So long as they could weather the initial storm, the medium and long-term effects for the PA were huge. Coming right at the beginning of the campaign in the UN, it took away from Israel and the US the argument they wanted to use about negotiations, not the UNSC, being the place to discuss settlements. After seeing for themselves how stacked the negotiations are, not a single country supported that argument. It disentangled the PA from negotiations that had gone as far as they can, and freed them to switch instead their efforts to the UN without the PA being blamed for it (it wasn't us, but a disgruntled employee!). It answered the claim that it is the Palestinians who are rejectionist - and did it incontravertibly. It's not a question of one side says this, the other says that, you can just let the papers speak for themselves. At home, it opened up a long overdue discourse about what a 2 state solution is going to really cost. Arafat always avoided that issue in favor of retaining popularity, but if the current leadership are really aiming for independence this fall, they have to open that can of worms right now and get it all out in the open. It's no good having the UN recognize Palestine in Sept, then having Palestinians riot because no-one mentioned they weren't going to get the right of return. It had the potential to backfire badly on them, but when you're in a very one-sided game, sometimes all your options involve kicking the board in the air. As it turned out, even with the most negative spin possible, which is certainly what al-J put on it, what did it really cost the PA? They disbanded a negotiations unit which they've already said on numerous occasions has gone as far as it can in bilateral negotiations. Meh.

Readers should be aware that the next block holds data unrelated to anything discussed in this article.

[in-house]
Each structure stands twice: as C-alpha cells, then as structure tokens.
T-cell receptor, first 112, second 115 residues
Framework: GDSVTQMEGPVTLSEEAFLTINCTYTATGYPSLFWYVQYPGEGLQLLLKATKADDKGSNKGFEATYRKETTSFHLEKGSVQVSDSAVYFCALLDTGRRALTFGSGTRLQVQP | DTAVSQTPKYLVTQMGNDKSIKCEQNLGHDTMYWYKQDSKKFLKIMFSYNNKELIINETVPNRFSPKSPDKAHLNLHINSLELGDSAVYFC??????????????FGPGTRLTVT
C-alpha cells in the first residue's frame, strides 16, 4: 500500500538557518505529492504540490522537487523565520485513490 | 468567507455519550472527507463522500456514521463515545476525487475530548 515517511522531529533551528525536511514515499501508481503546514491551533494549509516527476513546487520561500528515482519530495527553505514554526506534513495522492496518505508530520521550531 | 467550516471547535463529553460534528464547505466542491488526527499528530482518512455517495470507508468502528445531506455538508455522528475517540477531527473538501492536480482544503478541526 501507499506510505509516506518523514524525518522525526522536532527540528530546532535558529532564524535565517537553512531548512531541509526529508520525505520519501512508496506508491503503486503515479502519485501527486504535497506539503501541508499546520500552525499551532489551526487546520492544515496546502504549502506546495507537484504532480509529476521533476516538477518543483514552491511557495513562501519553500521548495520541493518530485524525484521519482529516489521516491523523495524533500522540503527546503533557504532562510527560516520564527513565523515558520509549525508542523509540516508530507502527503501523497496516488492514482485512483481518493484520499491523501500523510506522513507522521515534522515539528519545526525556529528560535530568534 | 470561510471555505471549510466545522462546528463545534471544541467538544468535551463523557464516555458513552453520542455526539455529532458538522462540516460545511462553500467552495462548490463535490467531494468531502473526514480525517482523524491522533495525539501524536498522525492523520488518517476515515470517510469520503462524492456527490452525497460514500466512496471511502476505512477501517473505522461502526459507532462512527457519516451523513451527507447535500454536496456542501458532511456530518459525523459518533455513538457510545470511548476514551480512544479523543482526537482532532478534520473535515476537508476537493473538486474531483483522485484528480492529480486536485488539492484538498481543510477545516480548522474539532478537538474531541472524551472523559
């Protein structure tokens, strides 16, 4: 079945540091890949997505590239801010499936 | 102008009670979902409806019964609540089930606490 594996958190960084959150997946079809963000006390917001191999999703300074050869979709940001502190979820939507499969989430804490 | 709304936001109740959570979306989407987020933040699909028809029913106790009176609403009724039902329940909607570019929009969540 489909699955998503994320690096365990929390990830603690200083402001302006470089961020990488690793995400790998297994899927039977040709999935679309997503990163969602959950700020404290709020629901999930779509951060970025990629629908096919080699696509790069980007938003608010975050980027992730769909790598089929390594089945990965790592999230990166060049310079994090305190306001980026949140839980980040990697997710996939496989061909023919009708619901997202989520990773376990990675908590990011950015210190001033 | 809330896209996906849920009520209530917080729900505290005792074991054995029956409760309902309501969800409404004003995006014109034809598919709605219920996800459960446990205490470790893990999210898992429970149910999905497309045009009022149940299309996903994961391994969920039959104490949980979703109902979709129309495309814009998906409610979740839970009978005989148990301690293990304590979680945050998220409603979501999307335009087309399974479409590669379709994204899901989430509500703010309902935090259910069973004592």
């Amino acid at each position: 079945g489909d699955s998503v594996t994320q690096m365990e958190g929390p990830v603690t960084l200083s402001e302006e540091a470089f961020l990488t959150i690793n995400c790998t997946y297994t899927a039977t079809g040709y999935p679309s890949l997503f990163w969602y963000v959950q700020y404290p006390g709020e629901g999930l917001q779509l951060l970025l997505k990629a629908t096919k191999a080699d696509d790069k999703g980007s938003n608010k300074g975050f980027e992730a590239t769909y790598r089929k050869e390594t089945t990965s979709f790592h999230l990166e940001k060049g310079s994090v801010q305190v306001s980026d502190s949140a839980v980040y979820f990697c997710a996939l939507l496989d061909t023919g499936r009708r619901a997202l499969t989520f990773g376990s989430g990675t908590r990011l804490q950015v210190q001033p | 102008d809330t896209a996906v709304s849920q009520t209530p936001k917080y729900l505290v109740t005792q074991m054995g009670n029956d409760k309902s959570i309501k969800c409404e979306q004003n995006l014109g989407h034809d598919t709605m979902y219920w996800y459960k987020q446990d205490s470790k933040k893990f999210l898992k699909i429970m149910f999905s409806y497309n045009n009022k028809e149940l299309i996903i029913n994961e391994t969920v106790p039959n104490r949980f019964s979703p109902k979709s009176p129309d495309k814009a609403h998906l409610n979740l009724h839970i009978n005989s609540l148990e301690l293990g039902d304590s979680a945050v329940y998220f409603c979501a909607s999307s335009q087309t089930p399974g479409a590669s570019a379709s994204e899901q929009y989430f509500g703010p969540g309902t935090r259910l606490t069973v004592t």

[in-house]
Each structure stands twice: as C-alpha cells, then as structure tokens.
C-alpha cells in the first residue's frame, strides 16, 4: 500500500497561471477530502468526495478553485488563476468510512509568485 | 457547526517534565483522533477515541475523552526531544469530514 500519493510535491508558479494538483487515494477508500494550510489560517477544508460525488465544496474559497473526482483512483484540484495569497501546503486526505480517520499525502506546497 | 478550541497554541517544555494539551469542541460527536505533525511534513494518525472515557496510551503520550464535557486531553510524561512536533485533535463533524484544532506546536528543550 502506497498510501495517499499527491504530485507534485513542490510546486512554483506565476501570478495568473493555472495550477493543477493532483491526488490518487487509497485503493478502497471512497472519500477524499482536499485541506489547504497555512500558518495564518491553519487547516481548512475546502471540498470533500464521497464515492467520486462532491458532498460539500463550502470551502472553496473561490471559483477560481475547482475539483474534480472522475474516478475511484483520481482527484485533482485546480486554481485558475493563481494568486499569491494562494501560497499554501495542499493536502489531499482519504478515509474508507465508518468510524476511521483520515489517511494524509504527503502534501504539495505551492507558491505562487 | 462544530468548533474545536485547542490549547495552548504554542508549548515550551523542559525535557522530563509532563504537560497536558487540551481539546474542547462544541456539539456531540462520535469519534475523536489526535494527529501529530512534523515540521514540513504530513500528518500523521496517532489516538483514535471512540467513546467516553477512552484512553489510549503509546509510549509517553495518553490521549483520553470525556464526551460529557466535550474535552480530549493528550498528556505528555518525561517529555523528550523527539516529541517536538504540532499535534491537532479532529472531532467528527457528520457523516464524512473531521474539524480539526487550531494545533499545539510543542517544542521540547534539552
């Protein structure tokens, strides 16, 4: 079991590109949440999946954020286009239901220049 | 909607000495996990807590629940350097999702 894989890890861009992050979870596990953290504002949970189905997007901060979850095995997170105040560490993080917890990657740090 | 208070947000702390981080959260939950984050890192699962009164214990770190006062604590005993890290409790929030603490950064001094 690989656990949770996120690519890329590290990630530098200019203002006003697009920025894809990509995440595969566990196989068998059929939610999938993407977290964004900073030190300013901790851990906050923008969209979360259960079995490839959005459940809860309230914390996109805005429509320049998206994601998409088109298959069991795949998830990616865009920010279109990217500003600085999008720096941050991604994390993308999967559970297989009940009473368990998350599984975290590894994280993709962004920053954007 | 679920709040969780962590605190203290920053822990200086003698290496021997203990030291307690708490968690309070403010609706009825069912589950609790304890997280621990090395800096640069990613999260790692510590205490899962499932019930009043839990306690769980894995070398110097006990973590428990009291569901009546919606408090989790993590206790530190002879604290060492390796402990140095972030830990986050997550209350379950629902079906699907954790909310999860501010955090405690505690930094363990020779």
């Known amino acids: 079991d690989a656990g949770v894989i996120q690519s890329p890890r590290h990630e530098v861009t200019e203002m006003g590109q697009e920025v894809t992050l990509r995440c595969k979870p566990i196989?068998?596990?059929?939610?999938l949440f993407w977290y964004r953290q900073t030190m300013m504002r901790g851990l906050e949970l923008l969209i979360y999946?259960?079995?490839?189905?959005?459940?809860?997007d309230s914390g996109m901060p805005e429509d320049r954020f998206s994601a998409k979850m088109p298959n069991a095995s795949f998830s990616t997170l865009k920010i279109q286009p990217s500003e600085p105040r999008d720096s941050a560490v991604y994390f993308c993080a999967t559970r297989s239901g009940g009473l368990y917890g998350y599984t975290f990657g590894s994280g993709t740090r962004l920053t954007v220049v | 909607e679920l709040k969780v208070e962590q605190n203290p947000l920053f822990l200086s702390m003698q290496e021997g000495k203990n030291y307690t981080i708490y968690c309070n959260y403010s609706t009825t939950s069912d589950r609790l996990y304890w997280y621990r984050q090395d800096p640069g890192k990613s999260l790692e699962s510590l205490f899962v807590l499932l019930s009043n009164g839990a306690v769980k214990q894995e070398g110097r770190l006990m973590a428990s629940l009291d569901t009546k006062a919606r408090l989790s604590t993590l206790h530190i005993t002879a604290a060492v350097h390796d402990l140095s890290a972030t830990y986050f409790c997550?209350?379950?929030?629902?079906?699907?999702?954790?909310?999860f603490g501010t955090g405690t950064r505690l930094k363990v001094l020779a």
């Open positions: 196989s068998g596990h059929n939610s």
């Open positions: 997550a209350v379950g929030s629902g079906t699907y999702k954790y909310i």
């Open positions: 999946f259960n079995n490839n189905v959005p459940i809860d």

Report: U.S.-led strikes in Iraq, Syria killed 459 civilians (AP)
from the article: Abbas, step by step